We began in our prior post with a brief primer on a new database technology called blockchain. Today, we’ll look at its potential impact on supply chains and other areas.
Blockchain has the potential in supply chains to save costs, and of course reduce errors. Since all sides have the same view of a common transaction, there is no re-scripting or recording. According to Blythe Masters, CEO of Digital Asset Holdings, in an interview with the Wall Street Journal’s Kimberly Johnson on 6-20-16, the major market infrastructure providers – think: exchanges – are operating on decades old infrastructures. In banking alone, she estimates, there are billions of dollars out there in potential savings.
In supply chain coordination, you are “managing the movement of money in return for the provision of goods and services,” notes Masters. And the most efficient way to do that is when “there’s no disagreement between those parties about the timing of when cash should flow… and/or goods are needed to be supplied [or] manufactured, as you work your way back in the manufacturing process.”
Essentially, blockchain then is software, in that it allows you to share information in a secure environment between different points on a network. And importantly, it doesn’t require all new, capital intensive hardware infrastructure.
What blockchains ultimately will do, of course, is greatly improve the speed of transactions, which saves costs all up and down the chain. In the finance arena, for one, transactions that originally required, days to be consumed for legal or administrative reasons will now happen in seconds. Eliminating these delays, whether in banking or in supply chain, frees up capital, eliminates the need for most low-value-added handling processes done largely by back office operations spent tying together two or more different records of the same transaction, and lubricates the flow of trade and money.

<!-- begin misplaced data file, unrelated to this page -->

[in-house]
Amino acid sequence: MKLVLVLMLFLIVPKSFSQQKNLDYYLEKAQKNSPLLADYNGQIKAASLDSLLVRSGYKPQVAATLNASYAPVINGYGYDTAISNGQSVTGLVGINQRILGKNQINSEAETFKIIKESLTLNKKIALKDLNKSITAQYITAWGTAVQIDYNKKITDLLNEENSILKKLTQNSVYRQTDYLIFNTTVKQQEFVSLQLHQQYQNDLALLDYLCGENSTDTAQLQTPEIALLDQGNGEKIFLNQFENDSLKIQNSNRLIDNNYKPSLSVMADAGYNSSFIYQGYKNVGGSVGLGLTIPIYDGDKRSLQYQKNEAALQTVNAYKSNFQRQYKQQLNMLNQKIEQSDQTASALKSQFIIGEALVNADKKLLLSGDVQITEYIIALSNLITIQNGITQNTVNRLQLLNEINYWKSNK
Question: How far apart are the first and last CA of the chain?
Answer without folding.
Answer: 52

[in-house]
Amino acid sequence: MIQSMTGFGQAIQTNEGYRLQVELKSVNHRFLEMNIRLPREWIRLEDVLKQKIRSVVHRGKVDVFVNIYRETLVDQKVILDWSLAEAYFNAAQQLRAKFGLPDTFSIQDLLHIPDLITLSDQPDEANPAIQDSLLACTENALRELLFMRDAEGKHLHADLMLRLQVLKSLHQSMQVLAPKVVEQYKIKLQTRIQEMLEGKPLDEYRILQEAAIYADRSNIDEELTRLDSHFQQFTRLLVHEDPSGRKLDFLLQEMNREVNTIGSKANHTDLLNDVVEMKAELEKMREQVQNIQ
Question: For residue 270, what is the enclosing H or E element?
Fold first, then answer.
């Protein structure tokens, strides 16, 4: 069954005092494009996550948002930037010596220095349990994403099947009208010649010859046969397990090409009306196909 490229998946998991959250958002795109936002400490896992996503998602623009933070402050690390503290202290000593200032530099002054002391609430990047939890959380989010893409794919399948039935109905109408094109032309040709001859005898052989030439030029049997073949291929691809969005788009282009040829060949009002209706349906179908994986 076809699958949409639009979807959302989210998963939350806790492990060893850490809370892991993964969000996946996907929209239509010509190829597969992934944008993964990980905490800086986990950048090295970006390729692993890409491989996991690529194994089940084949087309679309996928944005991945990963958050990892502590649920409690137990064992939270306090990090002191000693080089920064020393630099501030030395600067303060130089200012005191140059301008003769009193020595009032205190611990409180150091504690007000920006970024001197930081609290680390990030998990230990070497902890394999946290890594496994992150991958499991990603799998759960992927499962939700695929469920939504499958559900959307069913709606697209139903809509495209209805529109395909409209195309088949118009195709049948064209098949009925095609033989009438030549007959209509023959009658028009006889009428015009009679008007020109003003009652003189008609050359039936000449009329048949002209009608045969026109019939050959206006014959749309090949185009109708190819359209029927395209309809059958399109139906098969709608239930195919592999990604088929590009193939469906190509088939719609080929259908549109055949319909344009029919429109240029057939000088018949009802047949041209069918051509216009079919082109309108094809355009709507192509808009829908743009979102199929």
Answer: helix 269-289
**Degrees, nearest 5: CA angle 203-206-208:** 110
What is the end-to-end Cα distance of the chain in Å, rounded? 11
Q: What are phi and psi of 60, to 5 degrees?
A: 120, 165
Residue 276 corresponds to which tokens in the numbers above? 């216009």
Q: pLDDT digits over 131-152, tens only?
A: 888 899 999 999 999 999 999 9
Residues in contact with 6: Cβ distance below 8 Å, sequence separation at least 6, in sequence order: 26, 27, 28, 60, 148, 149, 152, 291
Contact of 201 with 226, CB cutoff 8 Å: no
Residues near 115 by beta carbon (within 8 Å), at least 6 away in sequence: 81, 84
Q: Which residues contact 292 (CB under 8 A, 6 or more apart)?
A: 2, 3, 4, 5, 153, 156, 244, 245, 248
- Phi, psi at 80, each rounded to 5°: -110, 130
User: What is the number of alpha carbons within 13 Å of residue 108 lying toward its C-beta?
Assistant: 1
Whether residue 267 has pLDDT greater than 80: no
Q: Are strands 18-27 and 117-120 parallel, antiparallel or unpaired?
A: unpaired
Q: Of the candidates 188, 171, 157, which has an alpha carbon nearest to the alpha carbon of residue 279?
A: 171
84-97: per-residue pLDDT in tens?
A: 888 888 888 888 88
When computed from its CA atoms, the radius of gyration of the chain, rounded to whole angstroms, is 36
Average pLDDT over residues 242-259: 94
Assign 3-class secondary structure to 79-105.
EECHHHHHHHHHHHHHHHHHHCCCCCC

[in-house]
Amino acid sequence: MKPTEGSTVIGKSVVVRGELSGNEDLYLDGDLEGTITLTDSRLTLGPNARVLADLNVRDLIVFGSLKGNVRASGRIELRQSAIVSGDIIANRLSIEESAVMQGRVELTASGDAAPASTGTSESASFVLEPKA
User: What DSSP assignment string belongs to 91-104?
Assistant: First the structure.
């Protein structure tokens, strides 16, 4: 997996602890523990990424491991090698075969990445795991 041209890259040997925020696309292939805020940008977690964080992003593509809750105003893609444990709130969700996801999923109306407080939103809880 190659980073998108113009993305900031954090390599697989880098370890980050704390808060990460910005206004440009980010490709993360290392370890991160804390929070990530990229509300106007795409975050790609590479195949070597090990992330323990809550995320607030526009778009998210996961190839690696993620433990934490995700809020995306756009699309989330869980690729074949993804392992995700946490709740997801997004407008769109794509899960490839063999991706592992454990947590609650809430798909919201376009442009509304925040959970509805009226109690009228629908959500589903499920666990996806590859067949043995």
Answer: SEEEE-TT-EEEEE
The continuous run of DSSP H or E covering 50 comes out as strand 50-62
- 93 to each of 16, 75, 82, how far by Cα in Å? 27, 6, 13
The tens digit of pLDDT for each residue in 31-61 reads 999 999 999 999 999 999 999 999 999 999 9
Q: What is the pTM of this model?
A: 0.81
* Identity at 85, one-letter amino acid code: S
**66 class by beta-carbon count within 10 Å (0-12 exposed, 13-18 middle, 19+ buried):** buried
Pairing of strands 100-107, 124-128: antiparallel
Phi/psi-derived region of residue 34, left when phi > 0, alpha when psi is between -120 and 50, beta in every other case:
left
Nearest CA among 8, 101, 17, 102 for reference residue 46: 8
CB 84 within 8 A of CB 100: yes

Circling back to bitcoin and crypto-currencies one last time, a later article in the Journal mentions yet another “hot thing in cryptocurrencies,” one of the newest variants on blockchain. It’s called “Ethereum” and it’s an open-source software platform with a currency called “ether.” It too is a public blockchain ledger, with all the “tools for building so-called smart contracts that automatically make payments when their terms are fulfilled.” With Ethereum’s open-source software construct, anyone can develop applications that take advantage of its code.
The Journal notes in a June 21st article (“Bitcoin Rival Gains Steam”) that the investors in Ethereum are part of a growing revolt “against the centralization of the internet under big companies like Google and Facebook by creating financial structures that can run themselves.”
But, just like bitcoin, the platform has its challenges. It recently suffered a large theft of its virtual security when “a hacker rewrote some of the startup’s code and funneled money into a private account.” The price of ether dropped 43% upon disclosure of the hack. Still, as the Journal notes again, the underlying technology that underpins currencies like these “open and immutable transaction ledgers” could transform a wide variety of commerce for millions of consumers, in particular in finance and banking.
Ultimately, these blockchains are going to grow, becoming more transparent, efficient and secure than existing online platforms. Still, critics say they have a long way to go before it reaches stability and mainstream adoption, and that the technology is largely unproven.
But then, we’ve heard that about just about every technology that’s come before. Including of course, the Internet.